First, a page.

Application Notes

SMZ25 Research Stereo Microscope for morphological research, taxonomy and type digitisation

November 2023

A picture is worth a thousand words

Since the time of Linnaeus, approximately 1.5 million new species have been described. As this accounts for only a modest fraction of global species diversity, taxonomists are constantly looking for methods to accelerate the pace of species discovery and enhance conventional description methods. Taxonomic descriptions depend on illustrations more than any other disciplines. From the earliest taxonomic treatments, the descriptions of species have nearly always been accompanied by visual representations to convey information about the morphology of the studied taxa. The importance of digital imaging in taxonomy has been long recognized, and its role in enhancing species description universally recognized.

Dr. Nesrine Akkari
Curator of the collection Myriapoda
Natural History Museum Vienna

Head and anteriormost body rings of the male holotype of Attemsostreptus reflexus

Imaging conditions: SMZ25 research stereo microscope, objective: 0.5X, Scale bar: 1 mm

Image courtesy of: Dr. Nesrine Akkari

Reference: Revision of the genus Attemsostreptus Verhoeff, 1941 with description of a new species from Tanzania and notes on the tribe Trachystreptini Cook, 1896 (Spirostreptida, Diplopoda).

Akkari N. & Enghoff H.
European Journal of Taxonomy 575 (2019) : 1–12.

Scientific illustrations for taxonomic research

The use of standard microphotography has been increasingly used in recent taxonomic research to complement other illustration methods.

Conveying information from a complex, three-dimensional structure can be very challenging as it is near impossible to show all relevant details from different focal planes in a single shot. Focal stacking imaging can be an excellent method to circumvent that. The obtained microphotographs highly enhance the description of the taxa and overall quality of the scientific publications.

My current research focuses on integrating various approaches to study the systematics of myriapods, combining standard methods, innovative imaging techniques, and molecular data. I have a wide spectrum of interests and regularly publish on the taxonomy, morphology, phylogeny and evolution of different groups of both millipedes and centipedes. To date, I have published more than 60 peer-reviewed articles and described 60 taxa (species, genera) new to science, in collaboration with many international researchers.

Case Study

The Nikon SMZ25 research stereo microscope is routinely used to examine and illustrate key morphological details of the animal group I study. Equipped with a DS-Ri2 camera, it gives a high performance allowing me to examine and photograph external morphological details of the studied species, ranging from coarse features to minute structures. For my taxonomic work, as well as the ability to describe new taxa and prepare scientific publications, accurately measuring and illustrating specific structures that allow for species identification is of prime importance. Counting, and performing annotations and measurements on screen with NIS-Elements is superior to traditional methods and other tools I have used in the past, as this software significantly helps reduce my error rate and is less strenuous for my eyes. The automated system for image stacking is a very useful tool, and the automated lens calibration gives additional precision when measuring and estimating the size of the studied structures. The performance of the DS-Ri2 camera in delivering accurate and realistic colours is also worth mentioning.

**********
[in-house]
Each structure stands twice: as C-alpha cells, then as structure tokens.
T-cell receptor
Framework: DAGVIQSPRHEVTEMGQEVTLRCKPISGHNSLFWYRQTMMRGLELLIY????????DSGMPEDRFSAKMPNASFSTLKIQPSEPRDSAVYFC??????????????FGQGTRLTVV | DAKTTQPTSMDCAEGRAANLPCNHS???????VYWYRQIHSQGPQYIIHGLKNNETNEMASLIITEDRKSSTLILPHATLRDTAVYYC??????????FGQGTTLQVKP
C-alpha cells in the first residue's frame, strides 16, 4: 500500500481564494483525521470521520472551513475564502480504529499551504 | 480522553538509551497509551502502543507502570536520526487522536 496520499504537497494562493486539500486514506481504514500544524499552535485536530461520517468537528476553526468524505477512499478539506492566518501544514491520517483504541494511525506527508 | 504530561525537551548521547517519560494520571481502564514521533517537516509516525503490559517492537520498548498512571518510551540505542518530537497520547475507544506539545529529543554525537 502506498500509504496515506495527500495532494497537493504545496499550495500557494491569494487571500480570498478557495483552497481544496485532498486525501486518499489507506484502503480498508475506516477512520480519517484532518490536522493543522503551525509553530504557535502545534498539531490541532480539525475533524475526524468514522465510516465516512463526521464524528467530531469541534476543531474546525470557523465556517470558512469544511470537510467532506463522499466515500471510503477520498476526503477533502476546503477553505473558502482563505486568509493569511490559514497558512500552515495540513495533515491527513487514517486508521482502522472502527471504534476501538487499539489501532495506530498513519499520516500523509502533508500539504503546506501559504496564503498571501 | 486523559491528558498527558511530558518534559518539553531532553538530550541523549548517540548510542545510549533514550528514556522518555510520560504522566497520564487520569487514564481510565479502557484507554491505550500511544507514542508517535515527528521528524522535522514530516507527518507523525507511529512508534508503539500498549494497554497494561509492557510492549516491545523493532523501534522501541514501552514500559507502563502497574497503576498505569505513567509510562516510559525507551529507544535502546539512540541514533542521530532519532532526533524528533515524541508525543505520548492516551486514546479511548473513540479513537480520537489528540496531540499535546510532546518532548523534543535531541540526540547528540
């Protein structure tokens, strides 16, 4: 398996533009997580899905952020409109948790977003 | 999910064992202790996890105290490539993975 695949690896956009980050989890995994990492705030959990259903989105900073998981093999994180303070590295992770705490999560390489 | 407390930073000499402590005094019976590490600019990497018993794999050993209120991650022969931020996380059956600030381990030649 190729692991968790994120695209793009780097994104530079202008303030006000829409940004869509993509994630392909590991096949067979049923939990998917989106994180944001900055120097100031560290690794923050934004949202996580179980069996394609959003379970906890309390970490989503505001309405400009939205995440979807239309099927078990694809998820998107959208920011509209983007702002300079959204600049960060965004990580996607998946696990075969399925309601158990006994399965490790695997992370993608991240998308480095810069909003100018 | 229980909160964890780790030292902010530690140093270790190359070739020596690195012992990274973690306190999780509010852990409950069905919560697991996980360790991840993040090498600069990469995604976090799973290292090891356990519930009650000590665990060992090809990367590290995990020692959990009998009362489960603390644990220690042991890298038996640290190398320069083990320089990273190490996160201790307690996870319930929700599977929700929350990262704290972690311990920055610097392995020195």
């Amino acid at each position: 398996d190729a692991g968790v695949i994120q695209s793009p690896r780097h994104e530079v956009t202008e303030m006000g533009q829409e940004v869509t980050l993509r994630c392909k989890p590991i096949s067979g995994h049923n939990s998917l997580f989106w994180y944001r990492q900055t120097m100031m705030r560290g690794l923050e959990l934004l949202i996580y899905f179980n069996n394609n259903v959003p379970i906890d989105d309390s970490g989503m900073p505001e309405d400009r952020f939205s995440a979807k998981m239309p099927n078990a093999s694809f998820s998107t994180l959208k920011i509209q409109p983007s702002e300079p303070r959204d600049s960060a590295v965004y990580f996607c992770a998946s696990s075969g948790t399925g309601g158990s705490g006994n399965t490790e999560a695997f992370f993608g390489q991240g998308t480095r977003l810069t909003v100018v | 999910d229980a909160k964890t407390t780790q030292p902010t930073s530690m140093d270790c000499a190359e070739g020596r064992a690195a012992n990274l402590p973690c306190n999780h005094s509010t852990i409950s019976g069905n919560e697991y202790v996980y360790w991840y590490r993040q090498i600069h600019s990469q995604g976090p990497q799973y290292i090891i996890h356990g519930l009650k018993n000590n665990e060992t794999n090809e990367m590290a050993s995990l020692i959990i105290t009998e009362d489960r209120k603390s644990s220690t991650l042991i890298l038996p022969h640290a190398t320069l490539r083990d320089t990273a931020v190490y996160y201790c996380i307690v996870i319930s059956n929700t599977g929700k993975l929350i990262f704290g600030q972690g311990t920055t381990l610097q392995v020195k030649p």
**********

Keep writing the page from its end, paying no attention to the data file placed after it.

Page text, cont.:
As a curator of the Myriapod collection in the Natural History Museum Vienna, I also found the equipment very efficient to digitize the type and reference specimens within the collection under my care. The obtained images serve today as a proxy to physical samples, and are digitally sent on demand to other international experts to remotely examine them and complete their own research. This reduces the risk of loss and damage of fragile and unique Museum specimens.

Included in the features of the system I enjoy the most are:

  • High resolution multifocal images to enhance morphological descriptions of new and other species in peer-reviewed scientific journals
  • A good range of magnifications to examine and illustrate an array of structures from very general to detailed
  • An accurate precision in the colours conveying a realistic final output
  • A fairly good working distance allowing for a comfortable manipulation of the specimens

Dr. Nesrine Akkari, curator of the Myriapod Collection at the Natural History Museum Vienna and a myriapod taxonomist, using NIKON SMZ25 to examine and illustrate a millipede specimen from the type collection for an ongoing scientific project.

Image courtesy of: Christina Rittmannsperger, NHMW


Dr. Nesrine Akkari
Curator of the collection Myriapoda

Natural History Museum Vienna
3rd Zoological Department
Burgring 7, 1010 Vienna, Austria

Product information

SMZ25 Research Stereo Microscope

The SMZ25 research stereo microscope achieves both brightness and high resolution. It has the world's highest zoom ratio, enabling seamless observation from macro to micro.